Thursday, April 20, 2017  SUBSCRIBE   
 
Homeland Security chooses Mississippi for major drone project
After a highly competitive review process, the Department of Homeland Security selected Mississippi as a new base of operations for its drones, and much of the evaluation of how to best to use the devices will be done in South Mississippi. Mississippi State University will lead the major research-and-development project for the department's Science and Technology Directorate, the university and the state's congressmen announced Wednesday. "Mississippi has a number of unique assets that facilitate unmanned aircraft test flights that aren't found in many other places, and we can fly year-round," said Dallas Brooks, director of MSU's Raspet Flight Research Laboratory.
 
Homeland Security Launches Major sUAS Test Facility in Mississippi
Following what it calls a rigorous and highly competitive review process, Mississippi State University (MSU) has been chosen to lead a major U.S. Department of Homeland Security research and development project on small unmanned aircraft systems (sUAS). The DHS Science and Technology Directorate (S&T) has selected Mississippi as the new base of operations, and an MSU-led partnership will oversee the initiative. "This is a great win for not only Mississippi State University, but our entire state, and I appreciate the support of our partners and federal, state and local officials," says Mark E. Keenum, MSU president. In a joint statement, Mississippi's congressional delegation welcomed the decision.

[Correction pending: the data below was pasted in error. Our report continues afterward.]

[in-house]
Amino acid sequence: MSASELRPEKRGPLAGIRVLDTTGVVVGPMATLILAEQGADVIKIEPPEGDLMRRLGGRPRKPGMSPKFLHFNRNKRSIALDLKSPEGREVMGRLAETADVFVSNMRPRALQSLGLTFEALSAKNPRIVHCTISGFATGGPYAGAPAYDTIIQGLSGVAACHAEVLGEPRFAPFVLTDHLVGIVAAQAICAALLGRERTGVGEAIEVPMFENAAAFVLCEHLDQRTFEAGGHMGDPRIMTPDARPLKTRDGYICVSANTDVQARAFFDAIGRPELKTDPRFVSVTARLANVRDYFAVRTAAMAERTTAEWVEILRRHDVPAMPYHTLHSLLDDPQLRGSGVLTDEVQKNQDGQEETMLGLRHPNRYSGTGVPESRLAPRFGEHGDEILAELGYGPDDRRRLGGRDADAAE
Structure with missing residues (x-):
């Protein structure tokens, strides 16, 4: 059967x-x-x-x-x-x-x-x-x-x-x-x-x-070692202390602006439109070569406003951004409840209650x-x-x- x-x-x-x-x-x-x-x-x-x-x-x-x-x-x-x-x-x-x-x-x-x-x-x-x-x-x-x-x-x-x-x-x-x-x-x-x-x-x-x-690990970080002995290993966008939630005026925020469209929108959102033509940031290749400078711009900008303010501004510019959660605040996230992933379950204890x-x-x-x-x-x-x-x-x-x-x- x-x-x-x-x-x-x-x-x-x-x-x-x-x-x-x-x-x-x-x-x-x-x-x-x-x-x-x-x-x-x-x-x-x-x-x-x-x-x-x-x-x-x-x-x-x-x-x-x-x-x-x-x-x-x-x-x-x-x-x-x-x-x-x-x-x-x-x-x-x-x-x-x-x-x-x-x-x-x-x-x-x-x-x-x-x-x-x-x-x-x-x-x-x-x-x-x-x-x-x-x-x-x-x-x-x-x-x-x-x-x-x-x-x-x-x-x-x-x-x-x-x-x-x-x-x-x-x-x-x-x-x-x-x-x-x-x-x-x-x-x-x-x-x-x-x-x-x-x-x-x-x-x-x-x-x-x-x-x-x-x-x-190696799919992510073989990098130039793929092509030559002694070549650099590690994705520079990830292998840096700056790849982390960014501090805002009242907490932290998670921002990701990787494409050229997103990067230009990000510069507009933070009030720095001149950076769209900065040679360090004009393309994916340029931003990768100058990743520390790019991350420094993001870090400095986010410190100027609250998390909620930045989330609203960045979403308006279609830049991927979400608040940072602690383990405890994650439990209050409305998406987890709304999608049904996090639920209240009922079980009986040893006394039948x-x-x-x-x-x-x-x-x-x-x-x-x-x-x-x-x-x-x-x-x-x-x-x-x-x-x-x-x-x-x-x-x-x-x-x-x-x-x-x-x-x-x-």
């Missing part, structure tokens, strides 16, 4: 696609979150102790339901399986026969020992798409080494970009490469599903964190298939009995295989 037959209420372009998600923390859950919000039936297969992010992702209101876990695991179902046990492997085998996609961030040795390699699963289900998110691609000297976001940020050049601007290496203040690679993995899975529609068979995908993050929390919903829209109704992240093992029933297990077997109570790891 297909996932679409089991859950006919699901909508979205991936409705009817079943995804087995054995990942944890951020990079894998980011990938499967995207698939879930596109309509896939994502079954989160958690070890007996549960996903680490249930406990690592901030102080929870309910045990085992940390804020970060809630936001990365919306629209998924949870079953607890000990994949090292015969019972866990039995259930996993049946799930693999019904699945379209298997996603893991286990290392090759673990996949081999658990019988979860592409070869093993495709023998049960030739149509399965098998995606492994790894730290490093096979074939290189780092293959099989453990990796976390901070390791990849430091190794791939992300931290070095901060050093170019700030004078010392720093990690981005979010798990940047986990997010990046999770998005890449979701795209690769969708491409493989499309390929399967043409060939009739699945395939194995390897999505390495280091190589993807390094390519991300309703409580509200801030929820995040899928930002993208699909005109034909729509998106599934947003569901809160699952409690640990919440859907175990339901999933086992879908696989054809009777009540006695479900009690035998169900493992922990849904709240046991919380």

Homeland Security Selects Mississippi State Proposal for Small UAS Demonstration Range Facility
All members of the Mississippi congressional delegation today welcomed the decision to base in Mississippi the Department of Homeland Security's demonstration range facility for small unmanned aircraft systems (sUAS), or drones. U.S. Senators Thad Cochran (R-Miss.) and Roger Wicker (R-Miss.) and U.S. Representatives Bennie G. Thompson (D-Miss.), Gregg Harper (R-Miss.), Steven Palazzo (R-Miss.) and Trent Kelly (R-Miss.) strongly endorsed the proposal developed by the Mississippi Partnership, led by Mississippi State University. The Mississippi Partnership plan was ultimately selected from among competing states by the DHS Science and Technology Directorate. This Department of Homeland Security designation further bolsters Mississippi's reputation for UAS operations and research. In May 2015, the Federal Aviation Administration (FAA) selected the MSU Alliance for System Safety of UAS Through Research Excellence (ASSURE) to operate a new National Center of Excellence for Unmanned Aircraft Systems. In November 2016, the State of Mississippi became a full member in the Pan-Pacific UAS Test Range Complex.
 
Community college leader to address MSU-Meridian graduates